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maturation, and why is Piaget's theory a good example of a maturational theory of children's cognitive development?"
Maturation is the way an infant gets to learn to become a proper individual by various maneuvers all through the early stages in life. The term maturation has different connotations in the theory of development if viewed from different angles. There are many theories of development that have links or are a part of the theory of maturation. The theories that try to explain the cognitive development are the behavioral theory propounded by Skinner which says that learning is a result of the environment. By creating a better environment, learning can be directed and shaped. Children introduced to a better environment learn to give better responses and the behavior theory seem to work where special education is required. Freud and Eriksson believed that children came with drives that had to be channeled in a proper way while the theory of psychodynamics incorporate children's feeling and the environment. The normative maturational theory which is the foundation of modern maturational theories are based on the work of Gessel which states that the child is a sum of its genetic inheritances and the curriculum must match the genetic makeup. (Holbrook; Koenig, 2000)
While the theory of maturation will be discussed in brief, for this paper, can maturation be defined as the process whereby the child grows to become cognizant of his or her own self and environment? That would be a better definition considering that the original maturation theory and from the later additions we can easily see that genetic factors do not play a role as it was believed by the maturation theorists but the role of psychology and environment seem to be of more importance. In fact the nativist theory goes one step further and holds that children are pre-wired and have a definite predictable growth pattern that comes with the genes. (Warner; Sower, 2004) However when these contentions are examined in detail it can be shown that none of them have been able to provide an acceptable model as much as Piaget's theory of cognitive development.
Learning and Psychology
In the education of a child the redefinition of psychology in 1942 by Gates, et. al (1942) says that psychology "would attempt to solve many of the problems concerning human behavior…and learning." (Gates; Jersild; McConnell; Challman, 1942) According to Arthur Gates, the learning part began with a child's birth. It proceeds to grow in the way the child is handled, feeding and routine care. Further mental growth is a result of contacts, sights, sounds, and other sensory stimuli and it is where psychology grows over the other sciences because the psychologist can provide the means to find a child's own ways of growing and learning. At the time there was a suggestion that a study of "mental, motor, and emotional development is of primary concern to educational psychology." (Gates; Jersild; McConnell; Challman, 1942)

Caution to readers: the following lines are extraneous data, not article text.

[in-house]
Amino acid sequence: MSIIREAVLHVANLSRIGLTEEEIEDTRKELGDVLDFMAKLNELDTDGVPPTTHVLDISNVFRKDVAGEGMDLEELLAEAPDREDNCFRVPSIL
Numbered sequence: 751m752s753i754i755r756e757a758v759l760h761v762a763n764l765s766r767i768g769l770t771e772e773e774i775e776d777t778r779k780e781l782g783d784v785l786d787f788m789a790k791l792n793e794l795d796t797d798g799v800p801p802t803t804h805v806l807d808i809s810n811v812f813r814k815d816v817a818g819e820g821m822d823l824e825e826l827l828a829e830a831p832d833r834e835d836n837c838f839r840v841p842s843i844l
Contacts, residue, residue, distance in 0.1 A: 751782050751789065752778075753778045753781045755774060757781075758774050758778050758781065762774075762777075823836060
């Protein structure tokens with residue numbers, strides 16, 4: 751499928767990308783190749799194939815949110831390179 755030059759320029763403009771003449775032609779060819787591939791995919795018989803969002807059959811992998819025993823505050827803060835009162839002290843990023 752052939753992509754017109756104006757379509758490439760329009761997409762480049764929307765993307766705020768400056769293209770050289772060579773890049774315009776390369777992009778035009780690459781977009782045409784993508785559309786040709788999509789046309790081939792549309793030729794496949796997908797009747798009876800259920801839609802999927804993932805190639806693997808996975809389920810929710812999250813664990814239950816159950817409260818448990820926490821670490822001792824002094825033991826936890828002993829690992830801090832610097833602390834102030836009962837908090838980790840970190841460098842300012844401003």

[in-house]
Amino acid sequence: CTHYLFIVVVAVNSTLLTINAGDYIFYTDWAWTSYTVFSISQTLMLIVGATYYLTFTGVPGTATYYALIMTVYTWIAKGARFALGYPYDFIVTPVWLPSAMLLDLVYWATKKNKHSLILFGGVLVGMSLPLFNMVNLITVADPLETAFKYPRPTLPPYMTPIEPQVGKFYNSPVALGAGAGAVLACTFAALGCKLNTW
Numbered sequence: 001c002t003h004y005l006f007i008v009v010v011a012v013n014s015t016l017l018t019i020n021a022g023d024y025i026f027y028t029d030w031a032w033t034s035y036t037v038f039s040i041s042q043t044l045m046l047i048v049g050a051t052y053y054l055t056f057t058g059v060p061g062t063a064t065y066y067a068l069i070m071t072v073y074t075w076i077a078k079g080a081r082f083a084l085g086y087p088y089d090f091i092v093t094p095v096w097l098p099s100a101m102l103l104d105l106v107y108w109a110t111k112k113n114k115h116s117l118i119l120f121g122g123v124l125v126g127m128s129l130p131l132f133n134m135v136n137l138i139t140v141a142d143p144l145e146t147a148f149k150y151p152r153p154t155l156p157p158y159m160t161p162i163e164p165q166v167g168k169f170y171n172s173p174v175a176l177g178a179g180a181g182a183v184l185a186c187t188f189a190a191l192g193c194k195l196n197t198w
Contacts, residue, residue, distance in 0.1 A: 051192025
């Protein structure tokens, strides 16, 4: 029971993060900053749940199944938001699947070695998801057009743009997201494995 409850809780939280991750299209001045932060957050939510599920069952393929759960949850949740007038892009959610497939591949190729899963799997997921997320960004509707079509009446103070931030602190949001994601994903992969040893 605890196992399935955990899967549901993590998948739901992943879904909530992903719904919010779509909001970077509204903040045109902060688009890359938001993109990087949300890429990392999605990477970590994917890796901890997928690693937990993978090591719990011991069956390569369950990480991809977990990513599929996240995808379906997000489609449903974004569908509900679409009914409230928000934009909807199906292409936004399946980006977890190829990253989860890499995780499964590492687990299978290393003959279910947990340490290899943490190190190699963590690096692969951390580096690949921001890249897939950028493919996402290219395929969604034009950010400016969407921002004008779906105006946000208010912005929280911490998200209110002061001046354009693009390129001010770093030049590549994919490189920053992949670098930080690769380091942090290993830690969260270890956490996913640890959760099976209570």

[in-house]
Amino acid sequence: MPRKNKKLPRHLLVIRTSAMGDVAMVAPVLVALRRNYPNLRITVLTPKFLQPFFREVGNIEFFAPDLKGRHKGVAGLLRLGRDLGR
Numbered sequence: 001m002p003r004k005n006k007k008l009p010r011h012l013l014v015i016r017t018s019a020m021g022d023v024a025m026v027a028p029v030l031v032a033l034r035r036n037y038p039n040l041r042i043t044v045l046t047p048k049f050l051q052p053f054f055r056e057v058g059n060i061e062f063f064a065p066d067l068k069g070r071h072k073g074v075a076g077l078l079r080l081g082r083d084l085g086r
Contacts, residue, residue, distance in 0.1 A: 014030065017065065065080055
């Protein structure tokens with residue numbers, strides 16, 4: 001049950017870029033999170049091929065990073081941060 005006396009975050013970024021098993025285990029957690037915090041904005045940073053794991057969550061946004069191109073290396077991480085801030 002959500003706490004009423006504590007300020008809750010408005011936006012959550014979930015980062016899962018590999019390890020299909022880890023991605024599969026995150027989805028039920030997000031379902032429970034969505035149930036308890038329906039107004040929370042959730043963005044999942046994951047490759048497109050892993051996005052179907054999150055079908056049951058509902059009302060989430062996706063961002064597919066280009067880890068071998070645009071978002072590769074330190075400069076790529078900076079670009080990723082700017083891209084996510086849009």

It is this difference that is seen clearly between the maturation theorists -- who took the development of the motor part and the others who went on to explore the other ways about how human kind develops. Thus concepts from psychology, for example the dual motive theory, are the modern foundation and the basis of behaviorism which resulted from observation in an objective manner relating to the tendencies of the child leading to quantification and analysis. Behavior ought to be studied with the thought and feelings of individuals. This position was taken by Carl Rogers and Abraham Maslow. (Alexander; Winne, 2006)
Rogers believed that what people believed about themselves played a very critical role in their development. Thus the humanist views emphasized positive feelings like respect, warmth and acceptance significantly affected the behavior of people. To this Maslow added the theory that people's motivation also is based on needs which are classified in an order of priority and is organized hierarchically. Human personality to the humanist group was thus based on the regard of the self. This became the basis of Piaget's theory and this helped find the primary motivators of behavior and counseling. (Alexander; Winne, 2006) Thus the primary step is to consider all the theories of maturation and compare the works of Piaget.
In examining the maturational theories, the investigation of human motor development by Arnold Gesell stands out as a pioneering work that later gave rise to the theory of genetic influence on growth. Gessel postulated that motor development is the basis of maturation. The development proceeded in two ways, the cephalocaudal trend where the motor development occur from head to foot and the second the proximodistal trend where the development fanned out from the centre of the body or from the pelvic region. (Slater; Bremner, 2003)